The U.S. Armed Forces are moving in the right direction. According to news reports late last week, the Army will allow Menachem Stern—an orthodox Jewish Rabbi—to attend military chaplaincy training without shaving his religiously-mandated beard. Although significant barriers remain in place for religious minorities wishing to serve in the U.S. Armed Forces, the Army’s acceptance of Rabbi Stern is a positive development.
And it is welcome news to the Sikh community. In April 2009, more than 60 years after President Harry Truman issued an executive order promising equal opportunity “for all persons in the armed services without regard to race, color, religion, or national origin,” Sikh Americans challenged restrictive Army appearance regulations (adopted during the Reagan administration) that effectively prohibited turbaned, bearded Sikhs from serving in the U.S. Armed Forces.
For Sikhs, this prohibition made no sense in light of the Sikh reputation for martial prowess. Over three centuries ago, in the face of persecution by Mogul and Afghan invaders, the founders of the Sikh religion encouraged their disciples to inculcate the qualities of saints and soldiers (sant-sipahi), including adherence to a code of discipline that requires adherents to wear a visible uniform consisting of a turban and uncut hair. Consistent with Sikh religious teachings, these articles are inseparable constituents of Sikh religious identity, signifying a commitment to upholding freedom, justice, and dignity for all people.
Generation after generation, inspired by their religious faith and martial heritage, Sikhs have served in the U.S. Army since World War I; sacrificed their lives by the thousands for the Allies during both World Wars; produced several Victoria Cross recipients in the British Army, where they can still freely serve with distinction; and accepted the surrender of Pakistani forces on behalf of the Indian Army, which, until recently, was led by a Sikh general.
Despite this long history of military distinction, Sikhs in the United States still cannot presumptively serve in the U.S. Armed Forces without giving up the religious articles that have historically inspired them to achieve martial excellence. Although the Army to its credit has accepted three Sikhs into its ranks in recent months, these soldiers must apply for a series of case-by-case approvals, which can be denied or rescinded at any time at the pleasure of Army command. While these Sikh soldiers comply with the same fitness, safety, and job performance standards as their peers, they also endure the ignominy of having to secure precarious approvals to practice their religion. Nevertheless, earlier this year, one of them—Major Kamaljeet Singh Kalsi—was awarded the Bronze Star Medal for distinguished service in Afghanistan, which included providing outstanding medical care to combat casualties and even resuscitating two clinically dead patients back to life.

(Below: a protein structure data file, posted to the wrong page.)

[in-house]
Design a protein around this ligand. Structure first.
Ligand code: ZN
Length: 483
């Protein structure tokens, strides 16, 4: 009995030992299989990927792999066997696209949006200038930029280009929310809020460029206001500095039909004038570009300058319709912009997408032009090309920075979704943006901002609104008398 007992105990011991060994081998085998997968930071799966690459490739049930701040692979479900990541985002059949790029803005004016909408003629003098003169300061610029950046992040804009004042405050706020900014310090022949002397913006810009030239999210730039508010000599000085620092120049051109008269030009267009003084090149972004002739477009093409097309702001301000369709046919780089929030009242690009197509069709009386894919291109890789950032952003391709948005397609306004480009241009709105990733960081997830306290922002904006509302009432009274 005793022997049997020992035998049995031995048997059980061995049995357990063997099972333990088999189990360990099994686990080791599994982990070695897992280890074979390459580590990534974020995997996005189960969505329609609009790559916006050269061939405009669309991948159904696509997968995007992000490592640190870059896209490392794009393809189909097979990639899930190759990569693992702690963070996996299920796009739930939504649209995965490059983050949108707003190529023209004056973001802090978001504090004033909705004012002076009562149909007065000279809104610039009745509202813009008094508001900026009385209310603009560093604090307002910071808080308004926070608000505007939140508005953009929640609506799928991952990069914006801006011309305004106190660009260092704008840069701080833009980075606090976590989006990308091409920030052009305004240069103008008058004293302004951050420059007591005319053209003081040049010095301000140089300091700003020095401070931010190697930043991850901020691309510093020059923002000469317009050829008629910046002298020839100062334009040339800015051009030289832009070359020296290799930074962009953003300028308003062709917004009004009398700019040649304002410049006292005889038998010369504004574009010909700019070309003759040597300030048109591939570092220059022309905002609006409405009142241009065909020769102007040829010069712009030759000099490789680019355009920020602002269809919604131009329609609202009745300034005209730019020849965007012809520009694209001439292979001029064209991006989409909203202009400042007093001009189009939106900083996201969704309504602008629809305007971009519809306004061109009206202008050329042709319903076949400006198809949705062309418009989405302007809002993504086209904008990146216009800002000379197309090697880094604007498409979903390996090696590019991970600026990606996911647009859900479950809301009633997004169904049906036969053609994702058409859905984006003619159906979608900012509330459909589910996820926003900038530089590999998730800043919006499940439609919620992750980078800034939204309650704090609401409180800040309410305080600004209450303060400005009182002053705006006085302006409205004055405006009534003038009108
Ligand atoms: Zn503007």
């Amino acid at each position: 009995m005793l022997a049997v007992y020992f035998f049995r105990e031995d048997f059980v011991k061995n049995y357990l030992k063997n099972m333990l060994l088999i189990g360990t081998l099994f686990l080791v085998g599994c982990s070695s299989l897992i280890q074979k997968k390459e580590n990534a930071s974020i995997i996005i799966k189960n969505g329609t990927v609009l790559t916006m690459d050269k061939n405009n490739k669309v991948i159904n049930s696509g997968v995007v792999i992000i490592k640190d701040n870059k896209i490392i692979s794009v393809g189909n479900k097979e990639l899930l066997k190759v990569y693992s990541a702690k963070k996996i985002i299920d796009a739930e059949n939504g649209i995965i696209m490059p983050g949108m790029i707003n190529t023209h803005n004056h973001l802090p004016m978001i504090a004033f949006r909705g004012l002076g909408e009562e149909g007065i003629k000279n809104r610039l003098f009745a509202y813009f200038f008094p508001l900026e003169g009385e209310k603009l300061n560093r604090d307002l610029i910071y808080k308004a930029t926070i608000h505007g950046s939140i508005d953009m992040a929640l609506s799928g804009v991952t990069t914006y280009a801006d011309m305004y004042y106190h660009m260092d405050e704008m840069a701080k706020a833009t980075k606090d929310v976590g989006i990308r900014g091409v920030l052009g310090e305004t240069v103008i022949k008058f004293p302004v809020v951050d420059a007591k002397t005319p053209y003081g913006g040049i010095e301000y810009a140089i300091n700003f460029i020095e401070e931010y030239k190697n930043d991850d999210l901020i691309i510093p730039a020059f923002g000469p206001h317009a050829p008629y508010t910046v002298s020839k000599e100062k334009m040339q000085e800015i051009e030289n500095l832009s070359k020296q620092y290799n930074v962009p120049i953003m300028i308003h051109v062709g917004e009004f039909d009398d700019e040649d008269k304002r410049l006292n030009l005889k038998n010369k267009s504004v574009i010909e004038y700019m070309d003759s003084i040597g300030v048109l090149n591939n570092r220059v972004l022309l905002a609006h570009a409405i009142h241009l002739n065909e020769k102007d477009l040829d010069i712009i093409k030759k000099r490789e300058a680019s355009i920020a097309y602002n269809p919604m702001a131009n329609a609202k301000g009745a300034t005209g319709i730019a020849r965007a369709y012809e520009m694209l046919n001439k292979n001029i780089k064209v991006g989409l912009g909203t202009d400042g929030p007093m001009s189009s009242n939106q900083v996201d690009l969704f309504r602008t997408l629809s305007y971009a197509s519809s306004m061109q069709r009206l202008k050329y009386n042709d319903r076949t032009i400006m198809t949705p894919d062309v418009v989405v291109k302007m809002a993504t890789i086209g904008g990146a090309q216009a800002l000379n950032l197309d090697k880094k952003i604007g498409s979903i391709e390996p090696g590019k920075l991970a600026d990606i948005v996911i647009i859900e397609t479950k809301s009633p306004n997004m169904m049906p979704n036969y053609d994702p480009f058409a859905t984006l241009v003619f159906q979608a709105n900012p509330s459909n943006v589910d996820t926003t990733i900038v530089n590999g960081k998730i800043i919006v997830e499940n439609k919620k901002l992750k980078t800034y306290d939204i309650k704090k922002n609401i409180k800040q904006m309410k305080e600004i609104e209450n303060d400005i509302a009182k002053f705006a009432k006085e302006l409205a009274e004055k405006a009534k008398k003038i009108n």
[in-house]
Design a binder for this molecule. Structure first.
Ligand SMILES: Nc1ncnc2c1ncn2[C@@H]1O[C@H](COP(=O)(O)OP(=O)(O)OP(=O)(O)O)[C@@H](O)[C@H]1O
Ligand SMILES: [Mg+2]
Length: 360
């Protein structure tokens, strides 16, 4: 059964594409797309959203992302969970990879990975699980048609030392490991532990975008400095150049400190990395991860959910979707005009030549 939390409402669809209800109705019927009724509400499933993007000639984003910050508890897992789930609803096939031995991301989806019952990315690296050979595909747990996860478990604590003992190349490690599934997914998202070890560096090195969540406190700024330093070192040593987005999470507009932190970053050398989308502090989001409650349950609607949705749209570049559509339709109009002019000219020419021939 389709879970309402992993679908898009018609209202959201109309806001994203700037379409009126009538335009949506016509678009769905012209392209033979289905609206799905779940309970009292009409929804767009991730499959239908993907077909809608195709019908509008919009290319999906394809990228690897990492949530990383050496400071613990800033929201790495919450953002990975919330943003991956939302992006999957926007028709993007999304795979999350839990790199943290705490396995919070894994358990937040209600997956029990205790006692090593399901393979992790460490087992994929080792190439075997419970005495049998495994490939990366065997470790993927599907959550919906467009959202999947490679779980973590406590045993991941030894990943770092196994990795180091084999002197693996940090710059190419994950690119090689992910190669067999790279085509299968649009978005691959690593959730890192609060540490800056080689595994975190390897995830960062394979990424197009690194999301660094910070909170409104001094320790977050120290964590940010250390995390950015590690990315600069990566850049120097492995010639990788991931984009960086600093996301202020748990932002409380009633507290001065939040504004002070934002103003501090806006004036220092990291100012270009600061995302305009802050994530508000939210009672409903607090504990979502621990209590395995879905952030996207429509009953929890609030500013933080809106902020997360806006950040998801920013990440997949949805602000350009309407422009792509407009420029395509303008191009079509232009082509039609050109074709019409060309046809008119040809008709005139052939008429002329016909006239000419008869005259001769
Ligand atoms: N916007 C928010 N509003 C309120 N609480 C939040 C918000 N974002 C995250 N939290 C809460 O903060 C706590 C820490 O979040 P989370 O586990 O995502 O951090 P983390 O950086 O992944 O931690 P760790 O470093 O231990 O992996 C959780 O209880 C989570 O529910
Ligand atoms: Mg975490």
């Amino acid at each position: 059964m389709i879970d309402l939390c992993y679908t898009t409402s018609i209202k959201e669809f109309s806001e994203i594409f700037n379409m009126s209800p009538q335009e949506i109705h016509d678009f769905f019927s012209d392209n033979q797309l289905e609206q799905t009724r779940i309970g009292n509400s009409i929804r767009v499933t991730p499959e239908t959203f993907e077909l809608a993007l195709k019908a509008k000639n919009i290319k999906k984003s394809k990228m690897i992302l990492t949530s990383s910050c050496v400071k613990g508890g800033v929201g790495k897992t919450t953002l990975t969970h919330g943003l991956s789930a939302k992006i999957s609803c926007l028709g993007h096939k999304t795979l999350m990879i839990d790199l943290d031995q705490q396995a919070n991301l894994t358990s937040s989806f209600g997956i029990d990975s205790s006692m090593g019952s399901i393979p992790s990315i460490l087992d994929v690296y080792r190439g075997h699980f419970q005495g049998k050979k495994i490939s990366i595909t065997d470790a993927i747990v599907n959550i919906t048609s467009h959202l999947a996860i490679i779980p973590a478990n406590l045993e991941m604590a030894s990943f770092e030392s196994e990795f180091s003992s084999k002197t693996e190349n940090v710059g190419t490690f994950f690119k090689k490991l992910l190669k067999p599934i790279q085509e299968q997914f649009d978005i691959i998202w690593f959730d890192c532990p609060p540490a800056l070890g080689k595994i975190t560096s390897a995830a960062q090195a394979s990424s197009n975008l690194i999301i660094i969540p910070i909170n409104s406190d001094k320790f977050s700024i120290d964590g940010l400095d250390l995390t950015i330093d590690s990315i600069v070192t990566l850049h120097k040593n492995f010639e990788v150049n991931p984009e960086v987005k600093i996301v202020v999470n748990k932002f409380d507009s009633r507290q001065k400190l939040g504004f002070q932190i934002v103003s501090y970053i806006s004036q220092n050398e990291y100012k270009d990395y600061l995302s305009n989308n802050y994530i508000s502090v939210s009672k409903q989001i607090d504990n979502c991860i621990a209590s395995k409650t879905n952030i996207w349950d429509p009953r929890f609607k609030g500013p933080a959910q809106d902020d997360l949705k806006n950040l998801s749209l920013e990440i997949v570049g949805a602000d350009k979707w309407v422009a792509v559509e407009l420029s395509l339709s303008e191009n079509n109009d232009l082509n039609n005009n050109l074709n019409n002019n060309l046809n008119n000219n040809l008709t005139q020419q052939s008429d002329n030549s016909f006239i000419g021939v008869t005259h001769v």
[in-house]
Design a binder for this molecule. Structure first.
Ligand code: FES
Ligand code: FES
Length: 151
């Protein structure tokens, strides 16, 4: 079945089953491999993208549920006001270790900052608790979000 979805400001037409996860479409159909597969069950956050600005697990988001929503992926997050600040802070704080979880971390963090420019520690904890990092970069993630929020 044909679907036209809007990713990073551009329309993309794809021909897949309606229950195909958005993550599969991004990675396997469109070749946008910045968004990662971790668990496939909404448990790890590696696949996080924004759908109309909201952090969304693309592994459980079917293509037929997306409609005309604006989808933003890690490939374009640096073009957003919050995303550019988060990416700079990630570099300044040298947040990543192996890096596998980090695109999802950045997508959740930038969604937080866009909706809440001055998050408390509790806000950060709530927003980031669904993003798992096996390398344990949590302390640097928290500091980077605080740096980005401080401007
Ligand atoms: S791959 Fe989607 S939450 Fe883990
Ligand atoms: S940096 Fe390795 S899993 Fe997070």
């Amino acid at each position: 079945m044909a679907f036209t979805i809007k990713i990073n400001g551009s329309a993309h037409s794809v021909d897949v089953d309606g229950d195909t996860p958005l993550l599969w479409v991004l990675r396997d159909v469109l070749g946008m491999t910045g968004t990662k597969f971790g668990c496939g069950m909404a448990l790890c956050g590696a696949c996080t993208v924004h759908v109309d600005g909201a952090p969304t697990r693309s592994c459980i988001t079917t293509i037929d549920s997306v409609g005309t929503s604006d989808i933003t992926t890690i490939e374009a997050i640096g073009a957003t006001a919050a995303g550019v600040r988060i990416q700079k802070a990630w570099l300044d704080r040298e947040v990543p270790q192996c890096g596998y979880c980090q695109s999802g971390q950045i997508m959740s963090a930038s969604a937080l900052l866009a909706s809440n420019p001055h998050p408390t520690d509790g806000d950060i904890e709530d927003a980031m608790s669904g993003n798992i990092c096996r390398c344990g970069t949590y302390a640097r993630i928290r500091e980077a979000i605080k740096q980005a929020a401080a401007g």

There are still some naysayers in American society who believe that Sikhs are perpetual outsiders and that all soldiers should look the same. To give themselves the appearance of neutrality, these people invoke “dress codes” and “image policies,” often without realizing that such codes and policies are crafted with assumptions in mind about what American soldiers should look like. But this raises an important question: What should an American soldier look like? Skeptics cannot answer this question without either lapsing into contradiction or making themselves vulnerable to charges of bias.
Although the Army should be commended for making progress in the cause of promoting equal opportunity for religious minorities, the inability of Sikhs to presumptively serve without shedding their articles of faith constitutes a significant barrier to equal opportunity. Our nation’s military leadership should therefore modernize its regulations without delay so that operational excellence becomes the principal criterion by which soldiers are judged. In 21st century America, race, color, religion, national origin, sex, and sexual orientation should not presumptively disqualify anyone from serving their country.
Rajdeep Singh serves as Director of Law and Policy for the Sikh Coalition, the largest Sikh civil rights organization in the United States.